Whenever one says communism has been tried, you are met with a lecture by someone who, though they openly admire the tenacity of the killers revolutionaries, say that the USSR, Hoxa’s Albania or Kim’s Korea were never really communist – just some other brand of capitalism.

It’s interesting to note that the only thing that kept communism on life support was hidden free market activity which was the only way many people could have access to the basic necessities which the state promised. This free market activity didn’t emerge from a secret top hat-wearing capitalist cabal, but spontaneously as needs were left unwanted and people were incentivized by mostly selfish desires to have access things like soap, condoms, rock records, and American blue jeans. But somehow economic laws don’t exist and are only bourgeois ideological fantasy pushed on us by suppressive people and organizations.

By standing in one place and looking at the horizon, you can delude yourself into thinking with observation that the Earth is flat, just like taking a single data point about the US having high employment along with high taxes and factories in the 1950s. However, you could walk around the Earth and notice how the horizon changes, and how the shadows of the Sun fall, and that the US in the 1950s still had a comparative advantage in its tax rates compared to other first world industrial nations which were still recovering from our bombs dropped in the World War and were held back by their own experiments with socialist policies.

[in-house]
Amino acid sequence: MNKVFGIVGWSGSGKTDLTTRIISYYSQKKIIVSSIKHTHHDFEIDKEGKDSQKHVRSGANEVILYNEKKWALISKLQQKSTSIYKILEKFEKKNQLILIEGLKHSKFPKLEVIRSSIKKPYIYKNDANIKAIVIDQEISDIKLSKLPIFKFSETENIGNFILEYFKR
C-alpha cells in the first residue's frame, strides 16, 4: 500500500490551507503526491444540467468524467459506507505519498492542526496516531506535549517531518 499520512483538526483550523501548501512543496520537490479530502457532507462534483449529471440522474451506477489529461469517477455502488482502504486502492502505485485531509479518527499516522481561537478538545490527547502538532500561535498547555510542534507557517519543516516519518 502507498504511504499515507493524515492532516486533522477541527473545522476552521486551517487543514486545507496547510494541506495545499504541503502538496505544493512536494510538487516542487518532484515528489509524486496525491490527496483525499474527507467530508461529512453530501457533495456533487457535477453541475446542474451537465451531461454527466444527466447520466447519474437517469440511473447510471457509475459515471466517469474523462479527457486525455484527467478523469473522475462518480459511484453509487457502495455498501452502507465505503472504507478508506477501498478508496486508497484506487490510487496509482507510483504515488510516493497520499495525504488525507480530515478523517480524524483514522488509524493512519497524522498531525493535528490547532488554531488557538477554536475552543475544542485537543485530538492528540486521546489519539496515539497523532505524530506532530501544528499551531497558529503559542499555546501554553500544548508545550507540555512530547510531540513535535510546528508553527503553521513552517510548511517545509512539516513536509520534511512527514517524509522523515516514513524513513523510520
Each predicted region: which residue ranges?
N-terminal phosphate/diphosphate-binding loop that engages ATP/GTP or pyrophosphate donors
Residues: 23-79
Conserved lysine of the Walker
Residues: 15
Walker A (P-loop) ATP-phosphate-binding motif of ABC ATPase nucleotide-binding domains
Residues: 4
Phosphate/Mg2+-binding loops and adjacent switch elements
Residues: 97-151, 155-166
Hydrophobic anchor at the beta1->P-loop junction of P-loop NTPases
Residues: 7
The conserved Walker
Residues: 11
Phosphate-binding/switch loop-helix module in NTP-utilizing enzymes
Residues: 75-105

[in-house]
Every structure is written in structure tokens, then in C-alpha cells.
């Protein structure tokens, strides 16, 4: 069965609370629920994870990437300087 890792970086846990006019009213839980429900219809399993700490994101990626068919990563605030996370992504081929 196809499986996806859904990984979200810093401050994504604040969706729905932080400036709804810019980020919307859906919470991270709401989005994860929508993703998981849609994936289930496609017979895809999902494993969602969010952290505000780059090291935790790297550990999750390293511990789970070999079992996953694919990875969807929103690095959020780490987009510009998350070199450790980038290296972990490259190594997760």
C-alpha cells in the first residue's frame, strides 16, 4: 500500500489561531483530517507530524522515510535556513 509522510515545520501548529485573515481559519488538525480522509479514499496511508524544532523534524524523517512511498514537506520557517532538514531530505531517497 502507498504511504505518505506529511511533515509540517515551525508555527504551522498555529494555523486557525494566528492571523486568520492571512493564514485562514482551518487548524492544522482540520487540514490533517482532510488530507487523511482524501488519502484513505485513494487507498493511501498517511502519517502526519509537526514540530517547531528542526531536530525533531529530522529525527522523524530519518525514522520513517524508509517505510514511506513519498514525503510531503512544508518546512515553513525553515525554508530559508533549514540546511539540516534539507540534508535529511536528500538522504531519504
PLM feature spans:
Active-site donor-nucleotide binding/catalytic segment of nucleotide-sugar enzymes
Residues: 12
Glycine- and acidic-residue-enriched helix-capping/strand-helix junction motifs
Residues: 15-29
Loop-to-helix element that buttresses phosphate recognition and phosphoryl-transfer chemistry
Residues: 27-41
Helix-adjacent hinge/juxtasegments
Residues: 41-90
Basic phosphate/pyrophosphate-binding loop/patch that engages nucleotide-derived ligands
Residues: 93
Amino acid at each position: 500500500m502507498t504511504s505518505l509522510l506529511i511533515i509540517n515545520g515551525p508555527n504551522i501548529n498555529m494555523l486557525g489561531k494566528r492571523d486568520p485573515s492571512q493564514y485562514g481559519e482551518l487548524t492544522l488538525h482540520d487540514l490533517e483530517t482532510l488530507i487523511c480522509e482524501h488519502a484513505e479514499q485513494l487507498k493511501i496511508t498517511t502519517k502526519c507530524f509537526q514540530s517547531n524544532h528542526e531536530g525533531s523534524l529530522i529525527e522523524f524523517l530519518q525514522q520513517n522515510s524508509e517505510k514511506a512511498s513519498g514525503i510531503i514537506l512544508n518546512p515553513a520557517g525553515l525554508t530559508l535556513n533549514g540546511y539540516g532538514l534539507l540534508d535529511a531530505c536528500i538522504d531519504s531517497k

There is debate as to whether or not economics is actually a science. Maybe, in its strictest definition, it may not be, because it deals with the observation and measurement of complex interactions of individual humans who, because they possess free will, cannot have their trajectories calculated like those of celestial objects that only react to Newtonian forces. Disproving Flat Earthers should be easy, but from what I’ve seen they are set in their delusion because they define themselves by it. The world is complex, but it certainly is not flat. However, those who cannot be convinced of its actual shape may still attempt to sail off of it and find themselves forever lost and adrift just like those who try to create prosperity by taxing and creating artificial barriers for market interactions.

In the end, the truth will win. North Korea recently launched a satellite: I’m sure the engineers and technicians controlling it will observe the spherical shape of the Earth, and from the vacuum of space, will also see the difference between the pitch black void that is the skyline of communist North Korea and the brightly-glowing skyline of the capitalist south.

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Neil McGettigan

Graduated with a BA in Philosophy from Rutgers University. Former Campus Coordinator with Students For Liberty. Currently works in Real Estate.